Touring the Blast Zone in San Bruno

Schwarzenegger tours gas line blast site

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    NEWSLETTERS

    They ran into the fire zone as everyone else did what they could to run out of it.

    Fresh off a weeklong trade mission to Asia, Gov. Arnold Schwarzenegger on Wednesday made his first official stop in California the site of a massive gas line explosion at a San Francisco suburb.

    Nearly 40 homes were destroyed and at least four people were killed last week in the San Bruno neighborhood.

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    Watch as people just a few blocks away from the deadly gas line explosion in San Bruno witness the blast and fireball.

     Three people are still listed as missing, authorities said. They all lived at the same address, just yards from the source of the blast.

    Schwarzenegger held a news conference and was briefed individually by city, state and federal officials, at least one of whom prompted the governor to wipe tears from his eyes.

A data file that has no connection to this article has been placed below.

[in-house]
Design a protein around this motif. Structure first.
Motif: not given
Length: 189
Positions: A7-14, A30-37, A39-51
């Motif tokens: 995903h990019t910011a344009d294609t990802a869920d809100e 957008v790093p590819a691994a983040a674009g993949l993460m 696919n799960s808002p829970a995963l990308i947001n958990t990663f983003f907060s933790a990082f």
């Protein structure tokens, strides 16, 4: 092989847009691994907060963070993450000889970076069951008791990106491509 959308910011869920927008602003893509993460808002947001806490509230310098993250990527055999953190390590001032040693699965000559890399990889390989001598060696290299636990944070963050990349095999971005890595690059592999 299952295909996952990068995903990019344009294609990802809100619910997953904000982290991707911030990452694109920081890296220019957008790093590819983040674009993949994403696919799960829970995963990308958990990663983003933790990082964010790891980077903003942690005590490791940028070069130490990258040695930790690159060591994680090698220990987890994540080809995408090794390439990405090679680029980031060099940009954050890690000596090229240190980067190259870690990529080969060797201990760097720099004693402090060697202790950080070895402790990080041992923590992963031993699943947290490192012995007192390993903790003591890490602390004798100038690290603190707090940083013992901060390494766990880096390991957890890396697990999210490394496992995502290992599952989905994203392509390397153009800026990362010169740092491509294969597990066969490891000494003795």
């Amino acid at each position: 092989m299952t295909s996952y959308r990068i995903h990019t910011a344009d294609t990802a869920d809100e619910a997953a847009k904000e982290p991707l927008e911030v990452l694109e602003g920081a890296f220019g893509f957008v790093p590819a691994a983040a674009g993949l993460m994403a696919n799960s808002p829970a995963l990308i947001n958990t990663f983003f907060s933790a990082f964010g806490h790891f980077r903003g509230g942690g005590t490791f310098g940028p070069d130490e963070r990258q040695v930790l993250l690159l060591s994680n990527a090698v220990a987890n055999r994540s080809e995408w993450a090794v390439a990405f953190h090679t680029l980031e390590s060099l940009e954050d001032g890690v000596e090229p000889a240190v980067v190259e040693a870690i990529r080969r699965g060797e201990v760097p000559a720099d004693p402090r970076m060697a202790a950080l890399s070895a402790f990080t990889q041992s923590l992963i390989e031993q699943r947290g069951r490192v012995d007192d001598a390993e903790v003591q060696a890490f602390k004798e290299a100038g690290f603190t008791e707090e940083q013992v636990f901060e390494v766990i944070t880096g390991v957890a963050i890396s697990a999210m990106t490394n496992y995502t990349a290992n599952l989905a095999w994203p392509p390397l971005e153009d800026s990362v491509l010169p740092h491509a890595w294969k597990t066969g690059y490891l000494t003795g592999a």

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    PG&E president Chris Johns announced the relief fund Monday, which will help the city rebuild after a gas line explosion destroyed an entire neighborhood.

    Speaking from a vantage point overlooking a massive crater and destroyed homes, Schwarzenegger credited emergency personnel and others for what he termed their "quick action" in responding to the explosion and fire.

     Schwarzenegger promised a thorough investigation into the events leading up to the explosion.

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    They died in a tragedy that captured the Bay Area's attention.

     "I will make sure that we get every single detail," he said. "I'm back now and I'm going to drill down into that information."

     When asked why he did not end his trip to Asia and return immediately to California, Schwarzenegger said he trusted Lt. Gov. Abel Maldonado, a fellow Republican and the state's acting governor while Schwarzenegger was out of the country.

    The governor also said that the day after the explosion he spoke to President Barrack Obama by telephone and requested a federal disaster declaration.

     Besides Schwarzenegger and other local officials, Pacific Gas & Electric Co. President Chris Johns was also at the scene Wednesday.

    Johns said that manual valves, like the ones workers had to manually shut in order to close off the flow of natural gas in the pipeline, are used by utility companies nationwide.

    Johns also suggested that heavy traffic might have contributed to a delay in getting the valves closed after the explosion.